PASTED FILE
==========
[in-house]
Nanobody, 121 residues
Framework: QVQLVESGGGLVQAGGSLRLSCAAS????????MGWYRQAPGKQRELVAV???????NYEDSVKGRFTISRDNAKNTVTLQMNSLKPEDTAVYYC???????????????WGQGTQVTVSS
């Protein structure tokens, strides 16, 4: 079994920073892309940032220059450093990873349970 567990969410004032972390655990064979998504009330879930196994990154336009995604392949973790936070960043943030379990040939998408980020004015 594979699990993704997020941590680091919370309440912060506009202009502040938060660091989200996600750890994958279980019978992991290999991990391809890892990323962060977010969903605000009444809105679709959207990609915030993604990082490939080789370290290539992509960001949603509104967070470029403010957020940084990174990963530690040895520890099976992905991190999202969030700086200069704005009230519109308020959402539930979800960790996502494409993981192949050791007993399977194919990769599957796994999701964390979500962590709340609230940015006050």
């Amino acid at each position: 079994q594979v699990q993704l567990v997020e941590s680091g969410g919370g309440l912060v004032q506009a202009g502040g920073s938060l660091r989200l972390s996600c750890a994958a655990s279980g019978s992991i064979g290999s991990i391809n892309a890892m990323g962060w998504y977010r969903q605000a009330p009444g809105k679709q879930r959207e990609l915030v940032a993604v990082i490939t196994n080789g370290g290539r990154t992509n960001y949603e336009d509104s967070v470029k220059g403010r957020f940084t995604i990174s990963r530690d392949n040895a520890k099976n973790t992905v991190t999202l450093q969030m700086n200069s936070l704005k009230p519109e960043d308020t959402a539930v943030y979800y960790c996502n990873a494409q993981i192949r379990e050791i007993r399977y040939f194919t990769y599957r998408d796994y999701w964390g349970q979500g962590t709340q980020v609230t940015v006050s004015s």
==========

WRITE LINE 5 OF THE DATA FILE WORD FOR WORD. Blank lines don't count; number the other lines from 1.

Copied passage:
């Amino acid at each position: 079994q594979v699990q993704l567990v997020e941590s680091g969410g919370g309440l912060v004032q506009a202009g502040g920073s938060l660091r989200l972390s996600c750890a994958a655990s279980g019978s992991i064979g290999s991990i391809n892309a890892m990323g962060w998504y977010r969903q605000a009330p009444g809105k679709q879930r959207e990609l915030v940032a993604v990082i490939t196994n080789g370290g290539r990154t992509n960001y949603e336009d509104s967070v470029k220059g403010r957020f940084t995604i990174s990963r530690d392949n040895a520890k099976n973790t992905v991190t999202l450093q969030m700086n200069s936070l704005k009230p519109e960043d308020t959402a539930v943030y979800y960790c996502n990873a494409q993981i192949r379990e050791i007993r399977y040939f194919t990769y599957r998408d796994y999701w964390g349970q979500g962590t709340q980020v609230t940015v006050s004015s």